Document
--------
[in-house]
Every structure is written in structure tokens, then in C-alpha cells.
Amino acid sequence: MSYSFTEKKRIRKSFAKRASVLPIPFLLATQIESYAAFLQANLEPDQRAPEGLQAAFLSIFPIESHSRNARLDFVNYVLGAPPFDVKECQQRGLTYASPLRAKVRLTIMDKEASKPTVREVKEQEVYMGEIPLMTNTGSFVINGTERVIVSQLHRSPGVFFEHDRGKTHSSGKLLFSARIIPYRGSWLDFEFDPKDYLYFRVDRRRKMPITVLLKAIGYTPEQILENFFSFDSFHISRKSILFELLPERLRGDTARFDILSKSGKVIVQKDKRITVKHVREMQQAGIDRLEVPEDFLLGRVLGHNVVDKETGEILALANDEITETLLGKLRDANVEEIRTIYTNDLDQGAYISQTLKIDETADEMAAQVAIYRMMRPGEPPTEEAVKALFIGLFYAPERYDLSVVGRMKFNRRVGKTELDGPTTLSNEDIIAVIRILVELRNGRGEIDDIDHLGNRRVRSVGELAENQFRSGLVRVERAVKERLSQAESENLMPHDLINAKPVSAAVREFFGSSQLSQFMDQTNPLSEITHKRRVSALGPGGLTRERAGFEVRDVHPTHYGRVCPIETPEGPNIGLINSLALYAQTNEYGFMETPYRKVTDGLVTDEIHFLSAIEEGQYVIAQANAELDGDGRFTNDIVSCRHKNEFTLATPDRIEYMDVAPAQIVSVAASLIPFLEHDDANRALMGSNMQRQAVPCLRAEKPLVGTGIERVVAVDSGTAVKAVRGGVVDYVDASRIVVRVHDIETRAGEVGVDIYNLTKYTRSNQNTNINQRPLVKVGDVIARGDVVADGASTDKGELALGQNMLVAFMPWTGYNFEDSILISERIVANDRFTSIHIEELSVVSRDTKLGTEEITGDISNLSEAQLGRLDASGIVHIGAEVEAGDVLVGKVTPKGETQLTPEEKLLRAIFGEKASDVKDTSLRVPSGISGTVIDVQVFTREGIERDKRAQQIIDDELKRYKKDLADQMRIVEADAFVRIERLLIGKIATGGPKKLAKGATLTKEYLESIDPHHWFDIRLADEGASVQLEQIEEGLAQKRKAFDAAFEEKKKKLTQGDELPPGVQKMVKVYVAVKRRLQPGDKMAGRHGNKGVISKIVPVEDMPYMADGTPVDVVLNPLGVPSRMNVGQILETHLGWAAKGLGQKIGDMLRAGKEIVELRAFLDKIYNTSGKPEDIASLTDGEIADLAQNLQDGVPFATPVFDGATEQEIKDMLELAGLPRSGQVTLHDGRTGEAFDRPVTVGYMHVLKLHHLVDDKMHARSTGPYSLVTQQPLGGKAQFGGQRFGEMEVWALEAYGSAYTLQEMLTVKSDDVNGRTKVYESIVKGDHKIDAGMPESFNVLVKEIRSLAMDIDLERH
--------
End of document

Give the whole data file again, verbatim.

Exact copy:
[in-house]
Every structure is written in structure tokens, then in C-alpha cells.
Amino acid sequence: MSYSFTEKKRIRKSFAKRASVLPIPFLLATQIESYAAFLQANLEPDQRAPEGLQAAFLSIFPIESHSRNARLDFVNYVLGAPPFDVKECQQRGLTYASPLRAKVRLTIMDKEASKPTVREVKEQEVYMGEIPLMTNTGSFVINGTERVIVSQLHRSPGVFFEHDRGKTHSSGKLLFSARIIPYRGSWLDFEFDPKDYLYFRVDRRRKMPITVLLKAIGYTPEQILENFFSFDSFHISRKSILFELLPERLRGDTARFDILSKSGKVIVQKDKRITVKHVREMQQAGIDRLEVPEDFLLGRVLGHNVVDKETGEILALANDEITETLLGKLRDANVEEIRTIYTNDLDQGAYISQTLKIDETADEMAAQVAIYRMMRPGEPPTEEAVKALFIGLFYAPERYDLSVVGRMKFNRRVGKTELDGPTTLSNEDIIAVIRILVELRNGRGEIDDIDHLGNRRVRSVGELAENQFRSGLVRVERAVKERLSQAESENLMPHDLINAKPVSAAVREFFGSSQLSQFMDQTNPLSEITHKRRVSALGPGGLTRERAGFEVRDVHPTHYGRVCPIETPEGPNIGLINSLALYAQTNEYGFMETPYRKVTDGLVTDEIHFLSAIEEGQYVIAQANAELDGDGRFTNDIVSCRHKNEFTLATPDRIEYMDVAPAQIVSVAASLIPFLEHDDANRALMGSNMQRQAVPCLRAEKPLVGTGIERVVAVDSGTAVKAVRGGVVDYVDASRIVVRVHDIETRAGEVGVDIYNLTKYTRSNQNTNINQRPLVKVGDVIARGDVVADGASTDKGELALGQNMLVAFMPWTGYNFEDSILISERIVANDRFTSIHIEELSVVSRDTKLGTEEITGDISNLSEAQLGRLDASGIVHIGAEVEAGDVLVGKVTPKGETQLTPEEKLLRAIFGEKASDVKDTSLRVPSGISGTVIDVQVFTREGIERDKRAQQIIDDELKRYKKDLADQMRIVEADAFVRIERLLIGKIATGGPKKLAKGATLTKEYLESIDPHHWFDIRLADEGASVQLEQIEEGLAQKRKAFDAAFEEKKKKLTQGDELPPGVQKMVKVYVAVKRRLQPGDKMAGRHGNKGVISKIVPVEDMPYMADGTPVDVVLNPLGVPSRMNVGQILETHLGWAAKGLGQKIGDMLRAGKEIVELRAFLDKIYNTSGKPEDIASLTDGEIADLAQNLQDGVPFATPVFDGATEQEIKDMLELAGLPRSGQVTLHDGRTGEAFDRPVTVGYMHVLKLHHLVDDKMHARSTGPYSLVTQQPLGGKAQFGGQRFGEMEVWALEAYGSAYTLQEMLTVKSDDVNGRTKVYESIVKGDHKIDAGMPESFNVLVKEIRSLAMDIDLERH